These things being done, (and they may be done sooner than they can be expressed) turn the handle backward, until the penumbra almost touches the side HF of the frame; then turning gradually forward, observe the following phænomena. 1. Where the eastern edge of the shadow of the penumbral plate I first touches the globe at the solar horizon: those who inhabit the corresponding part of the Earth see the eclipse begin on the uppermost edge of the Sun, just at the time of its rising. 2. In that place where the penumbra's centre first touches the globe, the inhabitants have the Sun rising upon them centrally eclipsed. 3. When the whole penumbra just falls upon the globe, its western edge at the solar horizon touches and leaves the place where

Its use.

the eclipse ends at Sun.rise on the lowermost edge. Continue turning; and, 4. the cross lines in the centre of the penumbra will go over all those places on the globe where the Sun is centrally eclipsed. 5. When the eastern edge of the shadow touches any place of the globe, the eclipse begins there ; when the vertical line in the penumbra comes to any place, then is the greatest obscuration at that place; and when the western edge of the penumbra leaves the place, the eclipse ends there; the times of all which are shewn on the hour-circle; and from the beginning to the end, the shadows of the concentric penumbral circles shew the number of digits eclipsed at all the intermediate times. 6. When the eastern edge of the penumbra leaves the globe at the solar horizon C, the inhabitants see the Sun beginning to be eclipsed on his lowermost edge at its setting. 7. Where the penumbra's centre leaves the globe, the inhabitants see the Sun set centrally eclipsed. And lastly, where the penumbra is wholly departing from the globe, the inhabitants see the eclipse ending on the uppermost part of the Sun's edge, at the time of its disappearing in the horizon.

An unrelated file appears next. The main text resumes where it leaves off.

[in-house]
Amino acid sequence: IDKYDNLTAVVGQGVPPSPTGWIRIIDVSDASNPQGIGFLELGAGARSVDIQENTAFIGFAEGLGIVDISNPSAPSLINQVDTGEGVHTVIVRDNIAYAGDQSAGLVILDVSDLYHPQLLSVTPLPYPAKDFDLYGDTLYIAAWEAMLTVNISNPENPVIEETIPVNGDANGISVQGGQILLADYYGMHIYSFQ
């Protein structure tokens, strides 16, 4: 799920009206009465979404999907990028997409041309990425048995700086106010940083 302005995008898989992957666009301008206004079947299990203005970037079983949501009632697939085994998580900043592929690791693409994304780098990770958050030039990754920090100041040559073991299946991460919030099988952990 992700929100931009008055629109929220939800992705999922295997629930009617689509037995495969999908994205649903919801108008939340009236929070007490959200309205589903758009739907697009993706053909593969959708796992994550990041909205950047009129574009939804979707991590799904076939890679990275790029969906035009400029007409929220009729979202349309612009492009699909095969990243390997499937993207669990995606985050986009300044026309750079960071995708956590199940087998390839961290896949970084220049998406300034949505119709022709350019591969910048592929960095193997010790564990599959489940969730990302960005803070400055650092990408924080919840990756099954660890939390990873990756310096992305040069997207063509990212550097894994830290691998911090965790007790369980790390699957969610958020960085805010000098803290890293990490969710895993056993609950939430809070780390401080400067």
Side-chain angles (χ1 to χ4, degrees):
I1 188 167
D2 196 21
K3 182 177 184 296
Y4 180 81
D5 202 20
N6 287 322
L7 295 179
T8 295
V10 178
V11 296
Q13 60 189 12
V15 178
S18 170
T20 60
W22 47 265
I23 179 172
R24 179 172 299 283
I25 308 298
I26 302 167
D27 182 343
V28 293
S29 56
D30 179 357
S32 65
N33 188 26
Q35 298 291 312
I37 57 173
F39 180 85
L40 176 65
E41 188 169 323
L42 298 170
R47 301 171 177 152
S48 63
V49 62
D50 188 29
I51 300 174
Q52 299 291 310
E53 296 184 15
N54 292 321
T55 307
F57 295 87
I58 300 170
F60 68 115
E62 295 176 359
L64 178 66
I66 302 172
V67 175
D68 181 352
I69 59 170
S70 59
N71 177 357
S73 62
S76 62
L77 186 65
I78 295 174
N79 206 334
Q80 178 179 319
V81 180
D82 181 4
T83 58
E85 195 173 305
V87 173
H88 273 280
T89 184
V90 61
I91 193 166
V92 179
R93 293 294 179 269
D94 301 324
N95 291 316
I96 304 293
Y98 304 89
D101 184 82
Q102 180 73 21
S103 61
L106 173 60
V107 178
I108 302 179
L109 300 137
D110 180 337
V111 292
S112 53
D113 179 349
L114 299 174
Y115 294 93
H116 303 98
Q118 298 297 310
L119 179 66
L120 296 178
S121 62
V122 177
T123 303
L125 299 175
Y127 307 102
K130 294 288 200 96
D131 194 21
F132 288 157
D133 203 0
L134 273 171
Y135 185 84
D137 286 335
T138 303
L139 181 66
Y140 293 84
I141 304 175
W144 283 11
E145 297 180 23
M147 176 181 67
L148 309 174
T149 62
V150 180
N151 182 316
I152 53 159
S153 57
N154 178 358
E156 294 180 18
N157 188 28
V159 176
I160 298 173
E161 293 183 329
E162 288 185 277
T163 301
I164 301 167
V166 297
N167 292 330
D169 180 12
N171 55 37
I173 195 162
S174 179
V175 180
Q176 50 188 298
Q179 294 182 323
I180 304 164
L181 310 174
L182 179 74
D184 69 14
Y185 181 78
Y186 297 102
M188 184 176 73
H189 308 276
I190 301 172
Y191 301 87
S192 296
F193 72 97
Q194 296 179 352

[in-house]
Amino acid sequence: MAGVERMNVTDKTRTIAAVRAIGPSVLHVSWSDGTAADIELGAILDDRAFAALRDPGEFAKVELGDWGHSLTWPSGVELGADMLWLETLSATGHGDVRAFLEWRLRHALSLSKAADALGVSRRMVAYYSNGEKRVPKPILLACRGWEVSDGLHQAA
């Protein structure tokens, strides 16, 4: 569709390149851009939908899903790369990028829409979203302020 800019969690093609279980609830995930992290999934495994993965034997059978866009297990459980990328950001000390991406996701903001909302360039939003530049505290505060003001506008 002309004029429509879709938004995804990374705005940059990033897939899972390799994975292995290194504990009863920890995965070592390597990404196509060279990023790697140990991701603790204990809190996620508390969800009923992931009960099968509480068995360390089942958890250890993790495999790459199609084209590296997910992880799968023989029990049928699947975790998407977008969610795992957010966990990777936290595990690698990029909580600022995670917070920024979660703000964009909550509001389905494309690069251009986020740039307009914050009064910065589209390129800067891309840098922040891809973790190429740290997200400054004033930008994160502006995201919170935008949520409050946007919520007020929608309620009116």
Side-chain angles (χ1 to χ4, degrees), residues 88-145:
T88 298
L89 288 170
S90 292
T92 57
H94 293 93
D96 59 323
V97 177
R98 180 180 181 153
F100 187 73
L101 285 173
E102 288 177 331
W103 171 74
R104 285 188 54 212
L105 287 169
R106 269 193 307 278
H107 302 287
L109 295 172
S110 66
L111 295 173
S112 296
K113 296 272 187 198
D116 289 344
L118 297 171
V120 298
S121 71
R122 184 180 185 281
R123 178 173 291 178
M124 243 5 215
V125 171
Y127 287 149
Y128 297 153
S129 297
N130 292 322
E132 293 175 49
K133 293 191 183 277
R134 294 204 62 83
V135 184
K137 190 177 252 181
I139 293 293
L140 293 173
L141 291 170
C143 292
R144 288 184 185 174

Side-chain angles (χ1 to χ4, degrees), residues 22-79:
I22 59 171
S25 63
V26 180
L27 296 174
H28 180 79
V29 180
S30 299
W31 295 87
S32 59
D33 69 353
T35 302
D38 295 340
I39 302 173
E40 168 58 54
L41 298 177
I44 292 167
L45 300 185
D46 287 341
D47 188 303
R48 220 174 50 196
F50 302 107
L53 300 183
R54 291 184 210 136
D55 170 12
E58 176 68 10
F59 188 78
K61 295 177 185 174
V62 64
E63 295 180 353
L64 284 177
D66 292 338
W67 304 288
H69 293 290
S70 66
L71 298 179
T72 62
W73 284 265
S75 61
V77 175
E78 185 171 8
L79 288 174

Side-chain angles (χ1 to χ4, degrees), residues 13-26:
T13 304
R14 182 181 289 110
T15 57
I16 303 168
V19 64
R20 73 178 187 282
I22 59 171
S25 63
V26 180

N. B. If any given day of the year on the plate E be set to the annual-index G, and the handle turned till the meridian of any place comes under the point of the crooked wire, and then the hour, circle D set by the hand till XII comes to its index; in turning the globe round by the handle, when the said place touches the eastern edge of the hoop or solar horizon C, the index shew's the time of Sun-setting at that place; and when the place is just coming out from below the other edge of the hoop C, the index shews the time when the evening-twilight ends to it. When the place has gone through the dark part A, and comes about so as to touch under the back of the hoop C', ou the other side, the index shews the time when the morning-twilight begins; and when the same place is just coming out from below the edge of the hoop next the frame, the index points out the time of Sun-rising. And thus, the times of the Sun's rissing and setting are shewn at all places in one rotation of the globe, for any given day of the year : and the point of the crooked wire Fshews all the places over which the Sun passes vertically on that day.